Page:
General Synod was postponed this year from its usual June two and a half day session in Edinburgh to a one-day Zoom meeting on 5th. December. The technology, already tested at the General Assembly, allowed all the participants (around 130 of us) to raise questions, make comments, and vote, just as we would at St. Paul’s & St. George’s, where this time only the General Synod Office staff and a few others were gathered. Mostly the technology worked, though there were inevitably a few glitches.
The meeting began not with coffee and chat but with a refresher on the new way of doing things. Then we had the Synod Eucharist with the Primus officiating and his charge to Synod, which concentrated chiefly on fighting bullying within the church, something highlighted by a clergy welfare survey last year.
The usual elections followed, allowing us plenty of practice with the voting buttons. Then Standing Committee presented the annual report and accounts and the unfamiliar news that quota this year, the amount of money that each diocese pays to the province, was to be reduced significantly to allow some leeway to churches struggling in the current circumstances. This was following by group discussions on what we had found particularly valuable during lockdown, and how the church could be resourced to enhance or improve that for the future.
There was a generous lunch break to allow us time away from the screen, and this was followed by a review of the process of reforming Canon 4, concerning the election of bishops. The committee working on this would like input from everyone who has an involvement in these elections or who has had in the past. The afternoon session also looked at the revised Safeguarding Policy for the church, and at conditions for the clergy – stipend, time off, and again bullying.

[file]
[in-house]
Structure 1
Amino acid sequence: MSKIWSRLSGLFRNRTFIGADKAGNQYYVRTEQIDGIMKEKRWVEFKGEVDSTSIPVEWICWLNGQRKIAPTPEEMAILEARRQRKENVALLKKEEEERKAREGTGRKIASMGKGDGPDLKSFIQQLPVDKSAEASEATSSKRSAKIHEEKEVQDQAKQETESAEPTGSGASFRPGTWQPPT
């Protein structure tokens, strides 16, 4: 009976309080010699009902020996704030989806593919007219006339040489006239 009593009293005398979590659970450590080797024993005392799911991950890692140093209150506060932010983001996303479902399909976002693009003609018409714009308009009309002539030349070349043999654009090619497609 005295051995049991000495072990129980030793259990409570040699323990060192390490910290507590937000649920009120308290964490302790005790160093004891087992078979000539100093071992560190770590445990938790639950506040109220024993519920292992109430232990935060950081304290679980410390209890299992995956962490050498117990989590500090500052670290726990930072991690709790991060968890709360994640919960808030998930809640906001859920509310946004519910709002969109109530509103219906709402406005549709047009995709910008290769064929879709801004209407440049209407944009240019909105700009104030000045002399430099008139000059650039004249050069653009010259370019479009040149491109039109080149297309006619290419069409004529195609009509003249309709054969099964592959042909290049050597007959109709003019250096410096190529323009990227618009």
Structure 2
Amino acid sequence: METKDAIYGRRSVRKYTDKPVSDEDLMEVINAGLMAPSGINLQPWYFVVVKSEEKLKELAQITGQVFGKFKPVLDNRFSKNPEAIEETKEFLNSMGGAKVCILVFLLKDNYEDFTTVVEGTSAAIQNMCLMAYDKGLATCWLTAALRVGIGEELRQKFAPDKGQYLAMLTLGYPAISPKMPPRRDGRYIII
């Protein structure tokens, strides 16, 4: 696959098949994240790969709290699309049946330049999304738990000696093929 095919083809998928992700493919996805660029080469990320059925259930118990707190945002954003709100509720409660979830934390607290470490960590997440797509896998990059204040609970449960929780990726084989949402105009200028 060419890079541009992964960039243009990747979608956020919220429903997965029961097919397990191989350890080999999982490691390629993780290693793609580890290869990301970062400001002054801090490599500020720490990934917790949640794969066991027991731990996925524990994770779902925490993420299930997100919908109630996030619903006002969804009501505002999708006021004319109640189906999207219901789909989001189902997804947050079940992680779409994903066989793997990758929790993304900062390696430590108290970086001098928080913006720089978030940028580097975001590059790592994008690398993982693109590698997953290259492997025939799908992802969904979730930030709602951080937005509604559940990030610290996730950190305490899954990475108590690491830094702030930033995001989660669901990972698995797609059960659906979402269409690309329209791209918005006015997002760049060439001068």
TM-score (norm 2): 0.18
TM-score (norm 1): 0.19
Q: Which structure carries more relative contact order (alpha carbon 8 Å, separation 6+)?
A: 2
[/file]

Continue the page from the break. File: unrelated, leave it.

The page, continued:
Standing Committee returned to report on ethical investment, an ongoing revision of where the church’s money is used, and this was linked to the next topic of debate, Church in Society’s motion concerning climate change and the church’s reaction to it. It was felt that the church should be leading, not simply following, in this matter. Again this topic had echoes in the Provincial Youth presentation that followed, which covered reactions to lockdown, climate change and the Black Lives Matter movement.
Evening prayer closed the meeting, which like so many other things this year had notes of the familiar and layers of the strange. So little chance to socialise with our friends across the Province, or to greet visitors from other denominations and faiths; so strange to see everyone in gilets and thick jumpers when we usually meet in June; so odd to have synod business in the middle of one’s own home. But on the plus side, as someone remarked, at least we didn’t have to queue for the ladies’ loo!